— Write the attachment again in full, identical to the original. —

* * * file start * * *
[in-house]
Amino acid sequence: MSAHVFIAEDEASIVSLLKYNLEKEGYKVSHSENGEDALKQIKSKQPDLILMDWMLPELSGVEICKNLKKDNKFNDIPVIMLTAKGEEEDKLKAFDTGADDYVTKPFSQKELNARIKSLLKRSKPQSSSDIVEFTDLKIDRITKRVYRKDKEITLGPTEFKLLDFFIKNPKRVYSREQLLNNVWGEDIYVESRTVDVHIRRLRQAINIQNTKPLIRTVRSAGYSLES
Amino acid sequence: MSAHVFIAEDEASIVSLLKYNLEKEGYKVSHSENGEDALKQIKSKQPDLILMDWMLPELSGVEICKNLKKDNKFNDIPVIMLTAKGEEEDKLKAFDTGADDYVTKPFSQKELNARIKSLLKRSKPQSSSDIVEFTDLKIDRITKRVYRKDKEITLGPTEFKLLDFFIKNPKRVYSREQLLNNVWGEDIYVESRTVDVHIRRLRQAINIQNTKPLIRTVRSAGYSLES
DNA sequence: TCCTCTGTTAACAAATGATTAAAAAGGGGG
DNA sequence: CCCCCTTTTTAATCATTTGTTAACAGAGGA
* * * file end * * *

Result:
[in-house]
Amino acid sequence: MSAHVFIAEDEASIVSLLKYNLEKEGYKVSHSENGEDALKQIKSKQPDLILMDWMLPELSGVEICKNLKKDNKFNDIPVIMLTAKGEEEDKLKAFDTGADDYVTKPFSQKELNARIKSLLKRSKPQSSSDIVEFTDLKIDRITKRVYRKDKEITLGPTEFKLLDFFIKNPKRVYSREQLLNNVWGEDIYVESRTVDVHIRRLRQAINIQNTKPLIRTVRSAGYSLES
Amino acid sequence: MSAHVFIAEDEASIVSLLKYNLEKEGYKVSHSENGEDALKQIKSKQPDLILMDWMLPELSGVEICKNLKKDNKFNDIPVIMLTAKGEEEDKLKAFDTGADDYVTKPFSQKELNARIKSLLKRSKPQSSSDIVEFTDLKIDRITKRVYRKDKEITLGPTEFKLLDFFIKNPKRVYSREQLLNNVWGEDIYVESRTVDVHIRRLRQAINIQNTKPLIRTVRSAGYSLES
DNA sequence: TCCTCTGTTAACAAATGATTAAAAAGGGGG
DNA sequence: CCCCCTTTTTAATCATTTGTTAACAGAGGA